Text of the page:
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Whiteness as Property

William Stover

I found this to be a really interesting take on an issue that has been discussed quite often recently: the idea of white privilege and white institutionalism. This in- depth description of whiteness and “the others” stands out from other pieces that I have read because of the concept of property. The writer makes a point that I never really considered when reading or referring to the constitution: whiteness is seen as property so that it can exclude and remain to itself. It is something that was sought after due to its implications of wealth, class, and a variety of other characteristics deemed to be pleasant. Certainly, her ideas force me to look at the Constitution in a bit of a different light. It makes me think more deeply about some of the concepts introduced by our founding fathers.

Here, the writer speaks a great deal about the founding of the United States. She speaks of the importance of “natural law” that usually has a rather nonmalignant connotation. However, Harris writes that this idea of natural law was something made up so that whites could be separate from and more powerful than other races, and have the law to back that behavior up. She mentions that whites tend to see natural law as positive and important without understanding that these purposefully implemented laws were used to kick out natives and to put down blacks, all by giving undeserved power to the white race. Harris uses many gruesome examples of colonial theory such as the utilization and exploitation of black women to sort of breed slaves, among other ideas.

Property is associated with ownership, with wealth, with class, and with privilege. It is something that cannot be tampered with or taken because it is inherently “yours”. The law tells us that. From Harris’s work, I take it that she is bothered by the idea that one could be born into a private, privileged group simply because of their complexion and family roots. She points out that because of the protection of whiteness as a form of property, it forces others to be intruders or at least put into a separate, less than realm.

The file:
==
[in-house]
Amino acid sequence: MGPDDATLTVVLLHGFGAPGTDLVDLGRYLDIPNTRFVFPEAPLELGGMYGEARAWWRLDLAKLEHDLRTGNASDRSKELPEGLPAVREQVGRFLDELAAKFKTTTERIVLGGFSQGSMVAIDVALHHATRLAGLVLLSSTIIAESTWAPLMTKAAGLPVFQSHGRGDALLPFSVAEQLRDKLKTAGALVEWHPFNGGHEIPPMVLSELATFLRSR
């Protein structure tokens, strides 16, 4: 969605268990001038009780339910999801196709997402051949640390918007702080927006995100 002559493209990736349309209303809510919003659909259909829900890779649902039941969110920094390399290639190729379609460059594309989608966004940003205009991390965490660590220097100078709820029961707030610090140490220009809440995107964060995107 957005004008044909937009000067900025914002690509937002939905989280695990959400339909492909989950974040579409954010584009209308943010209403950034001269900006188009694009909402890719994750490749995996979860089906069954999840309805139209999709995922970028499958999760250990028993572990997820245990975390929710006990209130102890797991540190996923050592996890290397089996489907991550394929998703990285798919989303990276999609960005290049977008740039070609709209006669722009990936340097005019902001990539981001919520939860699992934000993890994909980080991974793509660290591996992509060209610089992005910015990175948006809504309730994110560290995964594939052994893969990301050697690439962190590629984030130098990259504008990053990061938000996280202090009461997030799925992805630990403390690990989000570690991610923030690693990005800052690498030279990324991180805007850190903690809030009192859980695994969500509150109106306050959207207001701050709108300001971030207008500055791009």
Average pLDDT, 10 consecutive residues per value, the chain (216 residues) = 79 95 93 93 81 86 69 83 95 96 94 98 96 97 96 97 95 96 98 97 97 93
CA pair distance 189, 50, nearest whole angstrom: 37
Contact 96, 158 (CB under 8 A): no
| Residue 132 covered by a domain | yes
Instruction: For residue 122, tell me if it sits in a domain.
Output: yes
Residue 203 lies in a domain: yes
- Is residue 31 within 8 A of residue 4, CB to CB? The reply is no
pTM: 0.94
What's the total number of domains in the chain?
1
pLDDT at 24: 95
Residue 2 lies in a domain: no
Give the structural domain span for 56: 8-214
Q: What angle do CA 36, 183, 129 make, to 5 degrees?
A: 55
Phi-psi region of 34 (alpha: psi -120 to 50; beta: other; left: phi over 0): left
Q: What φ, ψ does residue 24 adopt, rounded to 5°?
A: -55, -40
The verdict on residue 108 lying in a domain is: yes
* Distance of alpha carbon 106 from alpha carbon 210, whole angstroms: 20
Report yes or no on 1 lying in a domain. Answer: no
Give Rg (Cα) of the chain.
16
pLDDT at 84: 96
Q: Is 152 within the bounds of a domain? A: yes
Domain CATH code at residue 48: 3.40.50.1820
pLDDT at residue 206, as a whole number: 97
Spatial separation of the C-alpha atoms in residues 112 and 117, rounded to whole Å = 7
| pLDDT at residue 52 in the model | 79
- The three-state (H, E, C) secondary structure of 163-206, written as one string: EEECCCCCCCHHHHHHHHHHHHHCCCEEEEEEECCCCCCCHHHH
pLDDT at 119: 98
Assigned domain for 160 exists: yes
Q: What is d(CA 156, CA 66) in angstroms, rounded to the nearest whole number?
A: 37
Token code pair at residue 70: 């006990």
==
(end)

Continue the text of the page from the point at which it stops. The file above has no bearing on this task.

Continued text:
There is a ton of history, some dark, written about in this piece. Given that, it was a lot for me to digest. However, I feel like the ideas presented are fair ones and should be discussed. There is something about the work as a whole that is off-putting for me, and I kind of feel like the writer does a lot of grouping. I am not going to say that she is wrong about anything she discusses (I think she has great ideas), and I absolutely feel more educated about the topics presented, but it was a bit difficult for me to get through at times. Overall, I think the ideas brought forth were interesting, complex, and begging to be discussed.

One thought on “Whiteness as Property”

  1. Nice job articulating some initial reflections on a challenging essay in advance of our discussion. I am especially pleased that you were able and *willing* to acknowledge that parts of Harris’s article prompted some discomfort for you. I will be interested in hearing you think through what bothered you and why in a bit more detail as you think more about what she’s saying. Taking stock of where the writer was coming from and what discourses she was pushing back *against* might be one way of examining what might have produced some “off-putting” effects. Debates over affirmative action were raging in the late 1980s and early 1990s, so that’s the immediate (performative, if you will!) context for much of what she’s saying about groups. Looking forward to our discussion today!

    Liked by 1 person

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